To understand what Takashi Miike's doing with this movie, you'll want some background. Japan has racism. They're understated and gentle about it, but there are cultural differences between them and the Brazilian immigrants and understandable hostility between Japan and the area's chief Japan-bashers (China and the Koreas). Japan is fundamentally unlike Western countries. Ethnically and socially it's largely homogeneous and culturally it's a society driven by politeness, respect, unspoken understandings and everyone knowing their place. Furthermore this works more efficiently than the Western model. It has its drawbacks, e.g. Japan's eccentric implementation of democracy and the social pressures that regularly drive people to suicide or murderous rampages, but it's also the reason why Japan has a level of cleanliness, efficiency and technological development that makes Britain (for instance) look creaky and second-rate.
The problem is that this social model isn't very flexible. Lots of badly behaved foreigners, for instance, would... well, they don't break it, but they cause a lot of irritation. Western democracies on the other hand happily absorb immigrants because our societies are based on personal freedom and people doing whatever the hell they want anyway.
Hence Japan's problem with foreigners who don't fit in. In some prefectures you can be legally fired from your job for being an ethnic minority. You've got the Brazilians, who for historical reasons are fairly numerous in Japan and are liable to be loud, Latin and poor. Then you've got all the neighbouring Asian countries, who tend to have strong anti-Japanese prejudices (remembering World War Two) and yet are also full of would-be economic migrants trying to go there. There are lots of Koreans in Japan, but at least they look Japanese. Chinese people don't, although the differences are subtle. There's a lot of hostility, which isn't at all one-way.
The City of Lost Souls is about immigrant communities in Japan, predominantly Brazilian and Chinese. It's also a Takashi Miike film, so it has gangsters and ultra-violence. We're now ready for discussion.
Firstly, we're in Japan, but it doesn't feel like it. You don't often even see shops or street signs to remind you of where you are with Japanese writing. When we're with Brazilians, it feels like Brazil. That informal street wedding for instance is very Latin, with lots of noise and exuberant dancing. For quite a while I was unsure in which country the movie's events were supposedly taking place. Given the Japanese context, this is in-your-face.
Then you've got the fact that the film's explicitly about relationships, both personal and cultural. A Brazilian man (Teah) is in love with a Chinese girl (Michelle Reis), who's about to be deported as an illegal immigrant. Naturally he hijacks a helicopter and machine-guns the bus. (Did I mention that this was a Miike film?) He's a brutal criminal, but driven by love of a woman. The nature of both the Brazilian and Chinese communities are being explicitly studied in the movie, albeit often in a criminal context. Gangsters will test the loyalties of friends and don't even stop at taking children, which is scarier than it would be in a movie by any other director. There are bloodbaths and warring gangsters of three different nationalities, but the most important character is a near-cameo from a prostitute and a little girl who's not even hers.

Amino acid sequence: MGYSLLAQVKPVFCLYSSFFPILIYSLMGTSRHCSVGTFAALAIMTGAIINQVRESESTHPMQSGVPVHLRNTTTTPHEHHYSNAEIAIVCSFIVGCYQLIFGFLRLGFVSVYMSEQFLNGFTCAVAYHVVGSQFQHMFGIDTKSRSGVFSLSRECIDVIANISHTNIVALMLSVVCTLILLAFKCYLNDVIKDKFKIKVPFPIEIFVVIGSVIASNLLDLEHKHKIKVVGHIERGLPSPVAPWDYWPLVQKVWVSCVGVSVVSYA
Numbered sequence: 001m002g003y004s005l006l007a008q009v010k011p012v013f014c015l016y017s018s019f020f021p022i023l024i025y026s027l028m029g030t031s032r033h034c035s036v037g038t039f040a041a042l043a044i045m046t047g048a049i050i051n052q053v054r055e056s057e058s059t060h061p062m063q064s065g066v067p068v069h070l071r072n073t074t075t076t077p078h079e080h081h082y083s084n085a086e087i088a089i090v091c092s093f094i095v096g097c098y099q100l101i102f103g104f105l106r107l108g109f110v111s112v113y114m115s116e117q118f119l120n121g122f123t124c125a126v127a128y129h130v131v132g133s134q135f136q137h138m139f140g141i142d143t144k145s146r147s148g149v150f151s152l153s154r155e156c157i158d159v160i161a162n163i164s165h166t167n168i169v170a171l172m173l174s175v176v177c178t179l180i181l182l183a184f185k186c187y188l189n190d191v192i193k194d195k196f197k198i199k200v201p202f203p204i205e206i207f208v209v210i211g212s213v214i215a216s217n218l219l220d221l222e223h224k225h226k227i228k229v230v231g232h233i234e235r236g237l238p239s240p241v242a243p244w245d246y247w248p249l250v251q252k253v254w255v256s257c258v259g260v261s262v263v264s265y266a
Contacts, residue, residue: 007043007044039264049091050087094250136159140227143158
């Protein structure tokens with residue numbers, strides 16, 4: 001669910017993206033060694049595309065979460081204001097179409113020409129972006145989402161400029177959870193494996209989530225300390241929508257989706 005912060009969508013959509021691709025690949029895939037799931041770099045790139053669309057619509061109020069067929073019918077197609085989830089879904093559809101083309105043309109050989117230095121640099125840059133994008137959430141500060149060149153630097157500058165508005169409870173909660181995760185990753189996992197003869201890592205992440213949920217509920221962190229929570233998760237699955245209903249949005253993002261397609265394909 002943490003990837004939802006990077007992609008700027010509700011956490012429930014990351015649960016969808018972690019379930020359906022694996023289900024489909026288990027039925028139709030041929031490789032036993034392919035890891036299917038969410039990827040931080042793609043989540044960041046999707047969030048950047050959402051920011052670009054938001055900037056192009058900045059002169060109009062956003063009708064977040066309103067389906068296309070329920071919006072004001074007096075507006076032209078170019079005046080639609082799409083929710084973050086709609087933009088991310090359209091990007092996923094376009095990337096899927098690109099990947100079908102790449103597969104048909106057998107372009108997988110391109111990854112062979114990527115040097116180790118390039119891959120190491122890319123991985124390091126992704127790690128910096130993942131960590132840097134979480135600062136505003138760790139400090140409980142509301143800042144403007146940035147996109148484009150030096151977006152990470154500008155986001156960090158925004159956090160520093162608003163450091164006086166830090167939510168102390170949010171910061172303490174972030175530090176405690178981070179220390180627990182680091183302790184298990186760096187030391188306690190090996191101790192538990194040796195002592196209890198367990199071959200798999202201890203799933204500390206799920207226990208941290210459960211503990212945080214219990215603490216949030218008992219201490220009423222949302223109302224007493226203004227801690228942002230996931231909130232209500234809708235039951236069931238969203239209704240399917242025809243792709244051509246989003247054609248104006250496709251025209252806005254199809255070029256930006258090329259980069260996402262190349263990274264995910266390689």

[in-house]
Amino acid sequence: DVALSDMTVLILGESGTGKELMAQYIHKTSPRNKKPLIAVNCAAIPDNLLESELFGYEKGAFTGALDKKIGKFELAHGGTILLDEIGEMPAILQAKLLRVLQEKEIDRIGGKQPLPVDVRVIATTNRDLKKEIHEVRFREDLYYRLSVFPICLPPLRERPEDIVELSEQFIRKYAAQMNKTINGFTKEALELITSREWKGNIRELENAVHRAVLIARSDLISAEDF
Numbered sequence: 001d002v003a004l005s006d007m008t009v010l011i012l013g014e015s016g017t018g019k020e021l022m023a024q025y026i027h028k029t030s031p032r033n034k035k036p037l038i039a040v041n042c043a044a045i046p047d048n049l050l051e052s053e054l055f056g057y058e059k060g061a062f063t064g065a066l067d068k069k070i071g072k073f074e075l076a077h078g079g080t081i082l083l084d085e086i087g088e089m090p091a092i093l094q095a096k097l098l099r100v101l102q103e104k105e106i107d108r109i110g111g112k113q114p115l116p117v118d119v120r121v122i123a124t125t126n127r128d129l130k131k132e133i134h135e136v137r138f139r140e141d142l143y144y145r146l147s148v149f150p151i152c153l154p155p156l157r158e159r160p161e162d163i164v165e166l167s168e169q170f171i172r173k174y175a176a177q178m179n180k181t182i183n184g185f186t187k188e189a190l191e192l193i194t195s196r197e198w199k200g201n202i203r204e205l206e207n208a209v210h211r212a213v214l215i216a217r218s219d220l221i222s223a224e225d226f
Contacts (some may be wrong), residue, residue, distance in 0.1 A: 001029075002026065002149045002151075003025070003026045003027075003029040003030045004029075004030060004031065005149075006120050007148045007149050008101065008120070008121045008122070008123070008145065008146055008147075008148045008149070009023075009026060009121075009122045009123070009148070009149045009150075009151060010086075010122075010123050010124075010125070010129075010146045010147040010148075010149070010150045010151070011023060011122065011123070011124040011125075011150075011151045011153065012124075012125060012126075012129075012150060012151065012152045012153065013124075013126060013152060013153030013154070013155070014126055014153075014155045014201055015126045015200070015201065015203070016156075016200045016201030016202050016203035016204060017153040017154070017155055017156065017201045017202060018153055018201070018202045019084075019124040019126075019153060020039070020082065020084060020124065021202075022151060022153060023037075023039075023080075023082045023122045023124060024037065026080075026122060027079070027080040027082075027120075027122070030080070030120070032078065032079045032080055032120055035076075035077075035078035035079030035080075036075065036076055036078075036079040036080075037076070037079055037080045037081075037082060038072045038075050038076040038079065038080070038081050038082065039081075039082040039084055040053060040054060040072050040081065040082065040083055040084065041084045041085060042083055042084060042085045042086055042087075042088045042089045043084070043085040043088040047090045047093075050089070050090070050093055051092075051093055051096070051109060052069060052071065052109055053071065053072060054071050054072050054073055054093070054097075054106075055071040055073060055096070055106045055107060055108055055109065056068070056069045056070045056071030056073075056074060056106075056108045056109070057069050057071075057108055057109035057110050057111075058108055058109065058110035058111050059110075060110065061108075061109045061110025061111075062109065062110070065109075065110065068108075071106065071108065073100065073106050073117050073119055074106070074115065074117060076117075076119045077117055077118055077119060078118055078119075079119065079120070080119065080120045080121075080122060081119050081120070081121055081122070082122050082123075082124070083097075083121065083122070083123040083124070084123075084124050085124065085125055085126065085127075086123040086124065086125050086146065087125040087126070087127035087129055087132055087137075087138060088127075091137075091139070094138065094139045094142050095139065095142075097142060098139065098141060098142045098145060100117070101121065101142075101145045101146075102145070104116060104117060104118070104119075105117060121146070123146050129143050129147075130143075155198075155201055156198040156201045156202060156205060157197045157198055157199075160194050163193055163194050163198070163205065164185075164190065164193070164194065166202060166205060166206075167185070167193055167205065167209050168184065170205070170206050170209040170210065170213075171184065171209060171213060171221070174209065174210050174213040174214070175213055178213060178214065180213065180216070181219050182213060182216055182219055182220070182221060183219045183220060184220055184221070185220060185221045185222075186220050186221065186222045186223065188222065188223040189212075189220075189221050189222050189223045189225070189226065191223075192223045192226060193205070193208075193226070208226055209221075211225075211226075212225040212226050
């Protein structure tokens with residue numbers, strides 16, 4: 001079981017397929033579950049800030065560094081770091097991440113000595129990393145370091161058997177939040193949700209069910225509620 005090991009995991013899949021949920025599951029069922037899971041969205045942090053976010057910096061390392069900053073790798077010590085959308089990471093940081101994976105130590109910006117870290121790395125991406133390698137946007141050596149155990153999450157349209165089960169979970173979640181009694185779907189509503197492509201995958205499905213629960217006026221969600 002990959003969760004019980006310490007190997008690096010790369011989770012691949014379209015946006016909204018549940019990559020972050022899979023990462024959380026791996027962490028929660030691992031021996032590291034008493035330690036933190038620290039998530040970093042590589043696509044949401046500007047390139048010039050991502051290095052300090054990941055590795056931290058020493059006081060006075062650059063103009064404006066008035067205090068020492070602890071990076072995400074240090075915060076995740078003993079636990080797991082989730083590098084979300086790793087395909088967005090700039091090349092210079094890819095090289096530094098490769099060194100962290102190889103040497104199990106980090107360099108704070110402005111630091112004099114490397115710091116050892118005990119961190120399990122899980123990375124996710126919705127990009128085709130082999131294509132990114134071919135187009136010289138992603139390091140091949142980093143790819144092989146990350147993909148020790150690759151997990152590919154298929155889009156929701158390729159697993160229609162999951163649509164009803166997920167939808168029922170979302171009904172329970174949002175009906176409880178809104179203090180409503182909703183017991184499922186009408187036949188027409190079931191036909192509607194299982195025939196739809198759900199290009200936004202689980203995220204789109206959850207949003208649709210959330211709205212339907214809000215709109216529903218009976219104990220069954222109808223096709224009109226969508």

Next you've got the Japanese yakuza, who'll admit that they're prejudiced and say that it's wrong to have immigrants making your sushi. (Or were those policemen? It's not always easy to tell.) There's a point where someone asks why Chinese and Japanese people can't get along and gets a reply that's appalling, albeit with a core of underlying historical accuracy.
As for languages, this film uses Portuguese, Mandarin, Cantonese, English, Russian and sometimes even, as a lingua franca between people of different communities, Japanese.
This is rich stuff. There's a lot to chew on thematically, enough that you could have regarded it a serious art-house film if it weren't for the machine-guns, grenades, gore, extreme murders and pig-fucking. (We don't see the latter, but it takes place.) This film is out to lunch. More precisely it's another turbo-charged Miike rampage that's clearly capable of absolutely anything, especially if it's ridiculous or physically impossible. That helicopter leap would have killed anyone except the Incredible Hulk and there's no way we're being expected to take it literally. However even that's practically a documentary compared with the Matrix-style CGI cockfights that reminded me of Ray Harryhausen. Have you ever seen a chicken impersonating Keanu Reeves? Well, here's your chance.
I'm starting to see where Happiness of the Katakuris
came from. Admittedly I've seen fanboys whinging that this film isn't quite as twisted and evil as some other Miike gorefests, but personally I can't say I noticed. If it helps, I suppose it's less likely to make you want to vomit up your own intestines than Audition
or Ichi the Killer
This isn't one of the infamous Takashi Miike films that even people who don't know Japanese cinema have probably heard of, but it's fascinating in the way it's combining serious themes and social commentary with Miike's extreme brand of movie-making. It's got a murder being filmed from inside a toilet, complete with floating turds, and a dwarf brushing his teeth with cocaine. This is the kind of trashy-looking material that's got Miike criticized in the past for only being interested in empty shock value, but it's also one of the fiercest examples of why that's a retarded criticism. Incidentally it feels particularly relevant from where I'm sitting right now, with immigration having been a explosive political issue lately in both Britain and America.
"Don't be too merry in someone else's country."